Built-ins — The actual built-ins should be made of durable materials like oak wood. The finish on the exterior could be so many things: a painted finish, wood finish like white oak, eucalyptus (our new favorite), or birch. A style we enjoy on the doors is the very classic shaker style. Within the shaker, we like proposing recessed wallpaper panels, preferring selections with tiny patterns as to add some interest to the doors, but not distract the overall dressing room design. In case you're wondering about how to protect the wallpaper inserts, vinyl wallpaper is the best option, but if you find a wallpaper that is not vinyl, consider laminating it or placing a sheet of glass over each inset. Now, if you do choose this option, the best way to blend a shiny glass with the wood or painted finish on the cabinets is to choose a high polish or lacquered finish on them. In order to delineate each compartment, consider inlaying brass, bronze or polished nickel into the shaker. Options are endless, so play around with what you like :)
Built-ins Interiors — You may opt to leave the interiors of your buit-ins plain, but we love the idea of covering them in special finishes like leather, vinyl covering, grasscloth or even a different colored wood than the one used on the exterior.
Hardware — Aren't they fun? Oh yes! There are so many options out there, our preferred ones include long pulls, medium sized knobs or simply recessed pulls for a sleeker look.
Walls — Whenever we get the chance, we like covering all walls with wallpaper, in every single room. For chic dressing rooms, as with built-ins doors, we prefer small patterned wallpapers if we don't choose a plain silk, faux silk, vinyl or grasscloth. For painted walls, choose a satin or eggshell finish.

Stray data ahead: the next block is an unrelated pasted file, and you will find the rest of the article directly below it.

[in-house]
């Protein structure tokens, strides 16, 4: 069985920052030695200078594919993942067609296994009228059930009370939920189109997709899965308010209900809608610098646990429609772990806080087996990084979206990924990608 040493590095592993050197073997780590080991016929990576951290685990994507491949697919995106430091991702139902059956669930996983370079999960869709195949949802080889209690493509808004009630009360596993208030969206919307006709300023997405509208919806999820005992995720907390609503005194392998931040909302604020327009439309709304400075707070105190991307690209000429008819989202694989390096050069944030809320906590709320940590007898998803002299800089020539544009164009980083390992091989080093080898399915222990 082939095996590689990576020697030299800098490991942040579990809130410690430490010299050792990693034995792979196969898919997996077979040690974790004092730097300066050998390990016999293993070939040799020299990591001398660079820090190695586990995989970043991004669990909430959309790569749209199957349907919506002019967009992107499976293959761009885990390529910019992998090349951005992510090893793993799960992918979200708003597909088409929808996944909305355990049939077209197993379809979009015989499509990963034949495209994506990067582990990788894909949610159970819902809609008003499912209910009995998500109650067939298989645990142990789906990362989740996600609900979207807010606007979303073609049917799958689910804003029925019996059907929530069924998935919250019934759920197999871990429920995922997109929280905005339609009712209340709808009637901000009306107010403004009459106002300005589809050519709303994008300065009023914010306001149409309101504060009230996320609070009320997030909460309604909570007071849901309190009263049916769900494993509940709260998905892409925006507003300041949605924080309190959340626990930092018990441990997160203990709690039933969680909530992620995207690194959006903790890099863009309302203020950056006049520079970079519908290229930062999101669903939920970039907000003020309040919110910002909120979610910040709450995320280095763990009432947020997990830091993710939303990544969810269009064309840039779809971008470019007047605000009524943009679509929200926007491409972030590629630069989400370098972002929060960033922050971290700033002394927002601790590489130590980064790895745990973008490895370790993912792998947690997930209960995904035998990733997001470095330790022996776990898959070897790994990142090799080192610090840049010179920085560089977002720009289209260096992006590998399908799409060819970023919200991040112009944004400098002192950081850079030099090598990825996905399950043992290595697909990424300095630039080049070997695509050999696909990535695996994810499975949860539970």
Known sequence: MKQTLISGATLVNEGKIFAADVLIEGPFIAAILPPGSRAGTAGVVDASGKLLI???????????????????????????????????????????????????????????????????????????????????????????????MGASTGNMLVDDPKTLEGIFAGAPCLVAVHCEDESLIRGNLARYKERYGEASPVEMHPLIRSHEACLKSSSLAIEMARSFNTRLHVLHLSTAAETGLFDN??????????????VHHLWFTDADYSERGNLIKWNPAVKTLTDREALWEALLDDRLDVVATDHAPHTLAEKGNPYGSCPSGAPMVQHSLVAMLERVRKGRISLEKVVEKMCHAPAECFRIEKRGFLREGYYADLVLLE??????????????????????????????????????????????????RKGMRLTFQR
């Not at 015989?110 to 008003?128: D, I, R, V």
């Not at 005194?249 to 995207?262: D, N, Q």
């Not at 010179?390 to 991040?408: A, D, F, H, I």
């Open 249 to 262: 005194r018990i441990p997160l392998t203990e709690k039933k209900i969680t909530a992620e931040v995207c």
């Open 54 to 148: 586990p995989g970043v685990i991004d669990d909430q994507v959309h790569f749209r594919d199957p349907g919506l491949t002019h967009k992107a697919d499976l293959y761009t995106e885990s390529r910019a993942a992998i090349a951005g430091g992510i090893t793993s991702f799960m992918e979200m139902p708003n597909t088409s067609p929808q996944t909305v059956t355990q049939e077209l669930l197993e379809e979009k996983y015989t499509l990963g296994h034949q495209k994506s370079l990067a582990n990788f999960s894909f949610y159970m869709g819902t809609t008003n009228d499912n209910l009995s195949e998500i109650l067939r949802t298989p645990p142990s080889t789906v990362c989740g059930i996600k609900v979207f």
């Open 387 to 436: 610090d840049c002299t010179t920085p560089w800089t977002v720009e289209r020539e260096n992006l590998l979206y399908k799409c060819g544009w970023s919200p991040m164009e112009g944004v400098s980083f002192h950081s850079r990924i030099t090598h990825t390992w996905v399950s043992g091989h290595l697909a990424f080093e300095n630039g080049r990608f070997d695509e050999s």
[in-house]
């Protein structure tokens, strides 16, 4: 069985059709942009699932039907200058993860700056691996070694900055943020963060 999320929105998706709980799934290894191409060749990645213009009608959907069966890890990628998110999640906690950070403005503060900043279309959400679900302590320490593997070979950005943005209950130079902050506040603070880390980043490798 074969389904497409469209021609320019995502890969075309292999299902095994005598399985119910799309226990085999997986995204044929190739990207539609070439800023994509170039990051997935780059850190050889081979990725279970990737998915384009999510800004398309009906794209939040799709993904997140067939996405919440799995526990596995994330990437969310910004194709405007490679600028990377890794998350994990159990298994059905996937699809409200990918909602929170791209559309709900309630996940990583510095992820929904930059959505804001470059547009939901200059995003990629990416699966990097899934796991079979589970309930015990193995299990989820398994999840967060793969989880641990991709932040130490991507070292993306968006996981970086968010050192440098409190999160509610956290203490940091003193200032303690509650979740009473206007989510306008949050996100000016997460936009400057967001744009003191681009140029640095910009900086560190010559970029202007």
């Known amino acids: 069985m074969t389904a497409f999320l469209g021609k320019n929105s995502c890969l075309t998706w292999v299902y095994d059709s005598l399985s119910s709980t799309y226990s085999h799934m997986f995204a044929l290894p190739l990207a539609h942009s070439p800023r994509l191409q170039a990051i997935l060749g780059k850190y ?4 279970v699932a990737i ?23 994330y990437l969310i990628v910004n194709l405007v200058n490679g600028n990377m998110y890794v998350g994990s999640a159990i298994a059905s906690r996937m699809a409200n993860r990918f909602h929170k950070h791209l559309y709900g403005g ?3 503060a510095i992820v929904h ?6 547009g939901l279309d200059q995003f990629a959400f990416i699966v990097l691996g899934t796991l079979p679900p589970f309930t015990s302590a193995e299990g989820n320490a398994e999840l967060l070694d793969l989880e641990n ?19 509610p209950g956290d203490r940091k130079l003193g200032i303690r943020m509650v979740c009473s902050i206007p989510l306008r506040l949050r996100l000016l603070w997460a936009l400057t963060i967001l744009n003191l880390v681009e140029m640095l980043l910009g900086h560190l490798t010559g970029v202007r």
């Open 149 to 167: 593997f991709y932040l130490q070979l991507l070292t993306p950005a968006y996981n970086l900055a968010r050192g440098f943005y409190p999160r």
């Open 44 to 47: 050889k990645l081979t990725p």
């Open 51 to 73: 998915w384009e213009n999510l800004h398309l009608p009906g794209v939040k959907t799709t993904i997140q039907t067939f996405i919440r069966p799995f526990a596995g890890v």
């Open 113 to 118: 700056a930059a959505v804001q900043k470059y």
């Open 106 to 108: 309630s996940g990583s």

Lighting — Like in any other space, it is imperative that you illuminate dressing rooms very well. Specially if the space is not very big, include LED lighting within the shelves, overhead lighting and perhaps a table lamp on a desk or surface.
Fabrics + Window Treatments – Fabrics are such a personal choice, and depending on the overall look you're aiming for in your dressing room is how the colors and textures chosen will play out. At Synonymous, we prefer a tonal (tone-on tone) look so we almost always establish a color palette of three subdued colors , choosing a dominant color like dusty blue-gray and then distributing this color subtly throughout the space. The foundation is always the same — neutrals like soft ivory, cream, gray, light taupe and brass. In all of our spaces, we like coordinating the drapery fabric color to that of the wall color so that it camouflages well. In this case, we do opt for textural or subtly patterned fabrics for interest. Refer to our Muted Color Combinations post to view a few examples.
Carpet + Rugs — I think dressing rooms may be the only spaces I am keen on specifying carpet for, though only if they are relatively small. I still prefer hardwood even in closets, softening the surface with rugs. We always recommend patterned rugs for a punch of color and much needed interest. I personally LOVE vintage rugs and dressing rooms are one of the perfect spaces to utilize them in. If you prefer carpet, choose a soft, neutral option with a small pattern.
Seating — What elevates any "closet" or dressing room is the ability to make it function as something else. This is where seating plays a huge part in getting to that point. Anything from a round ottoman, square or rectangular bench or an upholstered chair will work. We prefer upholstered pieces as they're comfortable solutions. If you have the space, we more than encourage a built-in seat somewhere in there. Could be a window seat or something as luxurious as an upholstered / tufted nook like seen in a beautiful design by Laura Hammett.